• Journal Article

Effect of deployment on the occurrence of child maltreatment in military and nonmilitary families

Citation

Rentz, E. D., Marshall, S. W., Loomis, D., Casteel, C., Martin, S. L., & Gibbs, D. (2007). Effect of deployment on the occurrence of child maltreatment in military and nonmilitary families. American Journal of Epidemiology, 165(10), 1199-1206. DOI: 10.1093/aje/kwm008

Abstract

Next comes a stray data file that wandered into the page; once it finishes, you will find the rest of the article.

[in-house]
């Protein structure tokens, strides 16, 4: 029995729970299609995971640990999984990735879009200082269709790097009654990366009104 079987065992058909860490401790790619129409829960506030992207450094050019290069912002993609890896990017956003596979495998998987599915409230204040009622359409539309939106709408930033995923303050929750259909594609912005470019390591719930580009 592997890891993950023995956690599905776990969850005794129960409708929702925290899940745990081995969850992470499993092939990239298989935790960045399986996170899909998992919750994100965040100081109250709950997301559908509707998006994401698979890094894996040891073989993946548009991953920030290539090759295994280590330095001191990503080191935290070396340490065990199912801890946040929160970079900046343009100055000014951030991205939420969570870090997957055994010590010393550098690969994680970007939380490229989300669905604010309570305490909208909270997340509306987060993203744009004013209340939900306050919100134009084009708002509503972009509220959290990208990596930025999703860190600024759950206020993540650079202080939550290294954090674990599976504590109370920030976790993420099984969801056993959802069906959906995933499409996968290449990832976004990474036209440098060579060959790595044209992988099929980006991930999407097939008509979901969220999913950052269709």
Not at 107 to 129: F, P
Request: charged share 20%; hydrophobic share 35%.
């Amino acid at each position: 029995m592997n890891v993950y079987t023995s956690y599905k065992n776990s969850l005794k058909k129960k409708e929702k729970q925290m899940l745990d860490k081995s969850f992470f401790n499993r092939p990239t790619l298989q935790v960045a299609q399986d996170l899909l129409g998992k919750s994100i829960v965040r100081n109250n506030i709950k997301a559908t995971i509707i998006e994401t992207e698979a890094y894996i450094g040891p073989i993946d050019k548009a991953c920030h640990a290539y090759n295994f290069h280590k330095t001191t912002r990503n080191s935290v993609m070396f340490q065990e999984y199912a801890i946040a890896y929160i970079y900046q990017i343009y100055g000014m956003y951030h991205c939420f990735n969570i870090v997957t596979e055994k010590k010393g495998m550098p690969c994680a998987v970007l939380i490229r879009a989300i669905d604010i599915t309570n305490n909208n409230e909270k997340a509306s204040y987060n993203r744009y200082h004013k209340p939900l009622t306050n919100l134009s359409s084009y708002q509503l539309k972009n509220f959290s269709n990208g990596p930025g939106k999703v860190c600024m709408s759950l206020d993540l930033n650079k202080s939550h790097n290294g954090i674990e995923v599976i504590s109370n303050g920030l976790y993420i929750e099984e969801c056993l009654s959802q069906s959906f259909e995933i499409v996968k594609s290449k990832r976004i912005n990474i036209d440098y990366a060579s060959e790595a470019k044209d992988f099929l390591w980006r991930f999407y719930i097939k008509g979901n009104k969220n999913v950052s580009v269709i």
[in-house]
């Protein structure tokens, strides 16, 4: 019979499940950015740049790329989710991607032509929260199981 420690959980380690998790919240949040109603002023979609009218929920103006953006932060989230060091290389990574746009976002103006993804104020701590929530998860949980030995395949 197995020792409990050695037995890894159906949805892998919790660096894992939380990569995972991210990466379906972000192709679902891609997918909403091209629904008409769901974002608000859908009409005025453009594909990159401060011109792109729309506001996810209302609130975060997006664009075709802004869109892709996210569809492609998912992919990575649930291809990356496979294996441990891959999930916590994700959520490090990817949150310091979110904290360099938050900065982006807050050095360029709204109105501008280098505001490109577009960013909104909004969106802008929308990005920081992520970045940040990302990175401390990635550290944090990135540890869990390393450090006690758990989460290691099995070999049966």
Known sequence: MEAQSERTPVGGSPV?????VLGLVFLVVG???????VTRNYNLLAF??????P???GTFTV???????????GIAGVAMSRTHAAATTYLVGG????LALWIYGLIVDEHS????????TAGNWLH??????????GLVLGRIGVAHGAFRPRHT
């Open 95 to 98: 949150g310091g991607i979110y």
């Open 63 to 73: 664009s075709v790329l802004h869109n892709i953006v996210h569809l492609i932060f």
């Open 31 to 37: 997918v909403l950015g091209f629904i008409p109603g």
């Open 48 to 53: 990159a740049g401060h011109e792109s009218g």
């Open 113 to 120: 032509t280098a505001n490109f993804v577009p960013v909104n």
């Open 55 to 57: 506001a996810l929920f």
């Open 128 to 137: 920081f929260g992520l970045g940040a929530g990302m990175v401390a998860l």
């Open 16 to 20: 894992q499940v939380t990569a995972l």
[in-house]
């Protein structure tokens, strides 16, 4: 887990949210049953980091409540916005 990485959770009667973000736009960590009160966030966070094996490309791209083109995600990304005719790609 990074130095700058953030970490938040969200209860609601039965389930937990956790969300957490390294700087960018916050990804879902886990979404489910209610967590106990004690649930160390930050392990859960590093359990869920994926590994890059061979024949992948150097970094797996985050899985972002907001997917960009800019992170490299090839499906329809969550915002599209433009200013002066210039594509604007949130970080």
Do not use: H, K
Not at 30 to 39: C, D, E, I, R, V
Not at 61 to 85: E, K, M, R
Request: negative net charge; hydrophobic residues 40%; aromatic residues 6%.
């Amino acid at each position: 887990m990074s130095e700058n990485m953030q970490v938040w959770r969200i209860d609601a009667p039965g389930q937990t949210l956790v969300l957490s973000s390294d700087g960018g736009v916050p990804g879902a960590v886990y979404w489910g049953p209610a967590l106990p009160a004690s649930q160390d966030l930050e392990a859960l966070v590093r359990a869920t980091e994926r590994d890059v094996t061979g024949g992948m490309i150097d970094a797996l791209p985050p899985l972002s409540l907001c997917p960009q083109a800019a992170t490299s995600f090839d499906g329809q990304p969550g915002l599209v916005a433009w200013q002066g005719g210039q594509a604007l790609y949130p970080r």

War has a profound emotional impact on military personnel and their families, but little is known about how deployment-related stress impacts the occurrence of child maltreatment in military families. This time-series analysis of Texas child maltreatment data from 2000 to 2003 examined changes in the occurrence of child maltreatment in military and nonmilitary families over time and the impact of recent deployment increases. The rate of occurrence of substantiated maltreatment in military families was twice as high in the period after October 2002 (the 1-year anniversary of the September 11th attacks) compared with the period prior to that date (rate ratio = 2.15, 95% confidence interval: 1.85, 2.50). Among military personnel with at least one dependent, the rate of child maltreatment in military families increased by approximately 30% for each 1% increase in the percentage of active duty personnel departing to (rate ratio = 1.28, 95% confidence interval: 1.20, 1.37) or returning from (rate ratio = 1.31, 95% confidence interval: 1.16, 1.48) operation-related deployment. These findings indicate that both departures to and returns from operational deployment impose stresses on military families and likely increase the rate of child maltreatment. Intervention programs should be implemented to mitigate family dysfunction in times of potential stress